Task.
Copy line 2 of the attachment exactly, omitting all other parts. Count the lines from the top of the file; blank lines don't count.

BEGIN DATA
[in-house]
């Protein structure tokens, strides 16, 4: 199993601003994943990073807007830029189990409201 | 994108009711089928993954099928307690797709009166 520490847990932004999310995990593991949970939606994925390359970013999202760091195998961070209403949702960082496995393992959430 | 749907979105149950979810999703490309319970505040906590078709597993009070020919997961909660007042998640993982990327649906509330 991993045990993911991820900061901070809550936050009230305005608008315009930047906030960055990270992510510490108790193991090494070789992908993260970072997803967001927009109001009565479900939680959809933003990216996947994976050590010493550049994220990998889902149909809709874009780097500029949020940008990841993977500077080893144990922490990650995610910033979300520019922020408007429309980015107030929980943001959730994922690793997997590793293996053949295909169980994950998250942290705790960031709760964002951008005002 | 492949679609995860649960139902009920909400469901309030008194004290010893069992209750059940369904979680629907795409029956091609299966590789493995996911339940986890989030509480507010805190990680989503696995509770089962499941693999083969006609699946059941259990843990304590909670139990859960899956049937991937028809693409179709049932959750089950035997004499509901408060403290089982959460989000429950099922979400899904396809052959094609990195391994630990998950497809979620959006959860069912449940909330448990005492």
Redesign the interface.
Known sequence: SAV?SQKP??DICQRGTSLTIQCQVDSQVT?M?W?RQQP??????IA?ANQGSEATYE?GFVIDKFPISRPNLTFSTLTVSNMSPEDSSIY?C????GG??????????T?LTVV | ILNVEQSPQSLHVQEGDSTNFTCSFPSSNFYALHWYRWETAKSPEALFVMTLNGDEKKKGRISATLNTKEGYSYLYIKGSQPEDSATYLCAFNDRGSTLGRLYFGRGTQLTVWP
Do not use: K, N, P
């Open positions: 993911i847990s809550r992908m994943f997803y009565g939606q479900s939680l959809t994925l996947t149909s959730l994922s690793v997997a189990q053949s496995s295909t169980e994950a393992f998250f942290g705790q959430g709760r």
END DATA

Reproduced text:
């Protein structure tokens, strides 16, 4: 199993601003994943990073807007830029189990409201 | 994108009711089928993954099928307690797709009166 520490847990932004999310995990593991949970939606994925390359970013999202760091195998961070209403949702960082496995393992959430 | 749907979105149950979810999703490309319970505040906590078709597993009070020919997961909660007042998640993982990327649906509330 991993045990993911991820900061901070809550936050009230305005608008315009930047906030960055990270992510510490108790193991090494070789992908993260970072997803967001927009109001009565479900939680959809933003990216996947994976050590010493550049994220990998889902149909809709874009780097500029949020940008990841993977500077080893144990922490990650995610910033979300520019922020408007429309980015107030929980943001959730994922690793997997590793293996053949295909169980994950998250942290705790960031709760964002951008005002 | 492949679609995860649960139902009920909400469901309030008194004290010893069992209750059940369904979680629907795409029956091609299966590789493995996911339940986890989030509480507010805190990680989503696995509770089962499941693999083969006609699946059941259990843990304590909670139990859960899956049937991937028809693409179709049932959750089950035997004499509901408060403290089982959460989000429950099922979400899904396809052959094609990195391994630990998950497809979620959006959860069912449940909330448990005492």